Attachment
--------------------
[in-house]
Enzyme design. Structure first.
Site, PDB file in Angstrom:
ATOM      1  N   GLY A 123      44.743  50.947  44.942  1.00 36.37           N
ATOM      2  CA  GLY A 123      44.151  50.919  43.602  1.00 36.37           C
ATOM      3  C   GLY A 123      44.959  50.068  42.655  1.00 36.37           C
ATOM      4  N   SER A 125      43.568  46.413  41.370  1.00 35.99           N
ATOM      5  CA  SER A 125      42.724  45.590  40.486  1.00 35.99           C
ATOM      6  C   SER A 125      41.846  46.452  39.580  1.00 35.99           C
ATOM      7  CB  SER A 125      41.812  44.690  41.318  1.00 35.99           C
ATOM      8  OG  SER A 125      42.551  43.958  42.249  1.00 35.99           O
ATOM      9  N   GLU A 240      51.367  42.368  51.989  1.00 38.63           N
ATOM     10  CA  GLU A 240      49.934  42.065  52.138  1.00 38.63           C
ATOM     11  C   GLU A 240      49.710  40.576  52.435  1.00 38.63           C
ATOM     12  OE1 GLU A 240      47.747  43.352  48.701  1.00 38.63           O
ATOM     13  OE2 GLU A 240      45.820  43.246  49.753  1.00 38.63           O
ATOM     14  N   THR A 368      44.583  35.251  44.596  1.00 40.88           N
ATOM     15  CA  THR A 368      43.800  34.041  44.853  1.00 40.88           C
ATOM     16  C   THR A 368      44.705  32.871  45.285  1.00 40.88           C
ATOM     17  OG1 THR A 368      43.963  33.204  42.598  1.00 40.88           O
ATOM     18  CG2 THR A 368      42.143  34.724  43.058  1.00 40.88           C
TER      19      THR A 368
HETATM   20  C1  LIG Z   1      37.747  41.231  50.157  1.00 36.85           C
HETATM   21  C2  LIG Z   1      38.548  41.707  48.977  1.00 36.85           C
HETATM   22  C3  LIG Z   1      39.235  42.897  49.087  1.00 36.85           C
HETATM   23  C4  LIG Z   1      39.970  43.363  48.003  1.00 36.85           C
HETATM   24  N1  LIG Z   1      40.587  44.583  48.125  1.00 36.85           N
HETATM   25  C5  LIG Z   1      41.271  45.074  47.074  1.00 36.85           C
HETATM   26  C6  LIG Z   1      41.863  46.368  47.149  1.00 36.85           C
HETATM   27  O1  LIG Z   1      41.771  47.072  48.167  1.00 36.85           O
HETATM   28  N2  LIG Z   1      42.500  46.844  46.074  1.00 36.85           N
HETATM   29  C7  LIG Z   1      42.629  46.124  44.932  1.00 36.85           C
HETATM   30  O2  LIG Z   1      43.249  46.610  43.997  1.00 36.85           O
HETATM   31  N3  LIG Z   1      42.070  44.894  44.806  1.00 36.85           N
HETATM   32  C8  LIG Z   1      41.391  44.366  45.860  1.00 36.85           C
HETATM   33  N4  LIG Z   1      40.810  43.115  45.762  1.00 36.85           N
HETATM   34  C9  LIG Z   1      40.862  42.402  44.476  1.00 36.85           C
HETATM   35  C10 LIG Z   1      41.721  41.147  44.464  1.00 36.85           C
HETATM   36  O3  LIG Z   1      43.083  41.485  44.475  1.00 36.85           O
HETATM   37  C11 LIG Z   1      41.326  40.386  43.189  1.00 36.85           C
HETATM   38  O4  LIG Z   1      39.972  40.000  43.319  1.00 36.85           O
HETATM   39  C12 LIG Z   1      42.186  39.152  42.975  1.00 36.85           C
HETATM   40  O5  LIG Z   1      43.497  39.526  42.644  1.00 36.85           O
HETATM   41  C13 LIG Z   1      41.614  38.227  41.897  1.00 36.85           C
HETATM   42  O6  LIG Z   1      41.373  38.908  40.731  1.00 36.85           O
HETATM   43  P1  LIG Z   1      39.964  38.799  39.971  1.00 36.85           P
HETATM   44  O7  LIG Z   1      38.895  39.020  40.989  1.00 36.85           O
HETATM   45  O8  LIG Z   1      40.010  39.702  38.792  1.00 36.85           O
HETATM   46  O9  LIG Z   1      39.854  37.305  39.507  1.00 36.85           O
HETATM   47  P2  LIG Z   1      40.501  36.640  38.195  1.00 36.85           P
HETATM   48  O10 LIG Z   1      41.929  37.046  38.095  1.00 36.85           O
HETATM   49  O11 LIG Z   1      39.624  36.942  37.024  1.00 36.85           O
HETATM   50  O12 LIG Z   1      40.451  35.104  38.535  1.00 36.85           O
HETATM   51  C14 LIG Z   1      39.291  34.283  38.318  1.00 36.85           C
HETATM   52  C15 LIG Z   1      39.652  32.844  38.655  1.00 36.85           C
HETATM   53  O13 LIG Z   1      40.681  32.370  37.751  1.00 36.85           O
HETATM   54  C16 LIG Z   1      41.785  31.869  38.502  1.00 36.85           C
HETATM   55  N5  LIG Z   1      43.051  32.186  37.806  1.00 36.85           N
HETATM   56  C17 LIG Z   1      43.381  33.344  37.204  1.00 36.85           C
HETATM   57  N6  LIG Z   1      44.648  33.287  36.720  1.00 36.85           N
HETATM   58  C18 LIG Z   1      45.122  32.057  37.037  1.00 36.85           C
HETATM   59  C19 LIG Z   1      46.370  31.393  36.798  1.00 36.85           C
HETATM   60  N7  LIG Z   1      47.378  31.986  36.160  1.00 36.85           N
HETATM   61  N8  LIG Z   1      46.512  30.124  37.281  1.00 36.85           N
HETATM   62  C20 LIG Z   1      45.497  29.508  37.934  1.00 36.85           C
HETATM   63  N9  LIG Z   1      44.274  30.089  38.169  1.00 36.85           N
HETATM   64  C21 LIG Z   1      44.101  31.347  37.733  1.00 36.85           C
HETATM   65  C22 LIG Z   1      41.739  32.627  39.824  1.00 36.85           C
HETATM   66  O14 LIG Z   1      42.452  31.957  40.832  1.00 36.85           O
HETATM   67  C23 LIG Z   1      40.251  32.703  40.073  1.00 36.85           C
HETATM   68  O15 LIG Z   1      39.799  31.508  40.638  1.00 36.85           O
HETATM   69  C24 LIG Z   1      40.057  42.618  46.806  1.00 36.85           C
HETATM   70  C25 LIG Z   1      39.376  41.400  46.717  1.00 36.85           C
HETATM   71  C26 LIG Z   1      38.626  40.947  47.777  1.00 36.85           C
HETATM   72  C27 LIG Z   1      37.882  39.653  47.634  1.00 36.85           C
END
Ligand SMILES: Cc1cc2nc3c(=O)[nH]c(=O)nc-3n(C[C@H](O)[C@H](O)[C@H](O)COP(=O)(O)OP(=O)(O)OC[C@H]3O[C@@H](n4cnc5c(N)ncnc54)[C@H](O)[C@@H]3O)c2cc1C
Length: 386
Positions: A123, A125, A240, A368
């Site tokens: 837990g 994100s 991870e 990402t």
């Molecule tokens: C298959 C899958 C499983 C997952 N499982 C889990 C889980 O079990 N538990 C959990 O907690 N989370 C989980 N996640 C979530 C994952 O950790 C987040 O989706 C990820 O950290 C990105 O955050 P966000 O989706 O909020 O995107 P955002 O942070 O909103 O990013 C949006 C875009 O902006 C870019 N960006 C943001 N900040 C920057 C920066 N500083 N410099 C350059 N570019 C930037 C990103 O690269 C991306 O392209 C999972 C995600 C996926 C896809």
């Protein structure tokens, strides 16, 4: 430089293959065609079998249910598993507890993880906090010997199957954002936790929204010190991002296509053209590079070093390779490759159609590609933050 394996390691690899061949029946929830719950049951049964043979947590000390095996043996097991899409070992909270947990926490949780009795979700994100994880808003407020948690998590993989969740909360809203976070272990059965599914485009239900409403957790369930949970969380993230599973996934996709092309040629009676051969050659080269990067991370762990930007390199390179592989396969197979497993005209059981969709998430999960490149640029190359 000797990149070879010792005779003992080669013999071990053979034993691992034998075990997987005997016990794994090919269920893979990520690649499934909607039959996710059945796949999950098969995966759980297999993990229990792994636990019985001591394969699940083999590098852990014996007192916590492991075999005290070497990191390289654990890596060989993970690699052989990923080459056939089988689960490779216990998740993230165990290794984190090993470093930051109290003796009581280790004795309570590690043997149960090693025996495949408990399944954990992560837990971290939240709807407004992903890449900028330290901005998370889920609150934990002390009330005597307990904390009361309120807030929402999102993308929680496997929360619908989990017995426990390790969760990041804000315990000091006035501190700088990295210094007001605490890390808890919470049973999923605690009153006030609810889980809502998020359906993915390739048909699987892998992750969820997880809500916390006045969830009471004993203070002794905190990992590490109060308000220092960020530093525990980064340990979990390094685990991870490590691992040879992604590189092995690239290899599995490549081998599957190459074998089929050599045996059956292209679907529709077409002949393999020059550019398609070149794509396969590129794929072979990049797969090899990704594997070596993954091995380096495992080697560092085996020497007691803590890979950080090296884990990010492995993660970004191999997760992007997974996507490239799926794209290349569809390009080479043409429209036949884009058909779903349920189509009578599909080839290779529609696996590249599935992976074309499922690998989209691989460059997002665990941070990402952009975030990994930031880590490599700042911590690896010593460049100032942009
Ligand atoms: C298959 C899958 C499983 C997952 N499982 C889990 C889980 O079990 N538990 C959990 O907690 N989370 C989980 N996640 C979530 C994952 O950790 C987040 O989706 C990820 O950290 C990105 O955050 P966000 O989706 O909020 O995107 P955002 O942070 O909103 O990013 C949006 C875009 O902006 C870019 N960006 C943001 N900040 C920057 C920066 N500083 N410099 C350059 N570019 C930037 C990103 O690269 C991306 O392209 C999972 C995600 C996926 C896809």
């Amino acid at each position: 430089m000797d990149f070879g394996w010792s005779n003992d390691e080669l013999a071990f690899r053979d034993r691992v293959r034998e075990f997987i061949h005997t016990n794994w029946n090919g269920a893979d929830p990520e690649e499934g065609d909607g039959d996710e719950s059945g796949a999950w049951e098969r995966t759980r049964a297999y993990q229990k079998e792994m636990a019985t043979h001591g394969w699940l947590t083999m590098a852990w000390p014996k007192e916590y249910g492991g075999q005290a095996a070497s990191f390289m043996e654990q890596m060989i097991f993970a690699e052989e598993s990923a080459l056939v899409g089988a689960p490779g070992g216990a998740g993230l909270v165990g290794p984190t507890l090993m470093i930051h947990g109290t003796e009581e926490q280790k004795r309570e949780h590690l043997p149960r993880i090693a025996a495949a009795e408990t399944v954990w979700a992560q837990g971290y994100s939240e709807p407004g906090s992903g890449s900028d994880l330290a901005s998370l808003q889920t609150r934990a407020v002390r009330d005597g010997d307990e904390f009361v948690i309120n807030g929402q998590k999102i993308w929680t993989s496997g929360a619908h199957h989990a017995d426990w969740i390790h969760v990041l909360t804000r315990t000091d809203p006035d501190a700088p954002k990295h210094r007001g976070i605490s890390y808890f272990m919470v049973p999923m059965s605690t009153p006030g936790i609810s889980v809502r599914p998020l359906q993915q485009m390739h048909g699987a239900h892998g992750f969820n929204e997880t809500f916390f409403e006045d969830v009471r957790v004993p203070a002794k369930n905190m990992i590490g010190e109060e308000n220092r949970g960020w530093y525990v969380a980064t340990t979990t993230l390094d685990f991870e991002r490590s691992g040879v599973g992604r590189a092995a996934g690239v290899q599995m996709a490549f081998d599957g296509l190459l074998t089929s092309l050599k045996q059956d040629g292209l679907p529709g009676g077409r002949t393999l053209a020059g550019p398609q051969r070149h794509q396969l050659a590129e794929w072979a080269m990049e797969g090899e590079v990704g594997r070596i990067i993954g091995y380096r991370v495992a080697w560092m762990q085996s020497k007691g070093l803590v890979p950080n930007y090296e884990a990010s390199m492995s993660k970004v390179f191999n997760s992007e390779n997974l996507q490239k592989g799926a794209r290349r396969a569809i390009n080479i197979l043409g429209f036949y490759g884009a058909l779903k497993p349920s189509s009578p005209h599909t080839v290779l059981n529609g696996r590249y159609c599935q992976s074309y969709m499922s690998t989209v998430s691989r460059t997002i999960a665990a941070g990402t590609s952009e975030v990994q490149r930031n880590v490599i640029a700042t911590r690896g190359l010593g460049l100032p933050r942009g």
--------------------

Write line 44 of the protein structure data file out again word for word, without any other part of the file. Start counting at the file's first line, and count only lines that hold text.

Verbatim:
HETATM   41  C13 LIG Z   1      41.614  38.227  41.897  1.00 36.85           C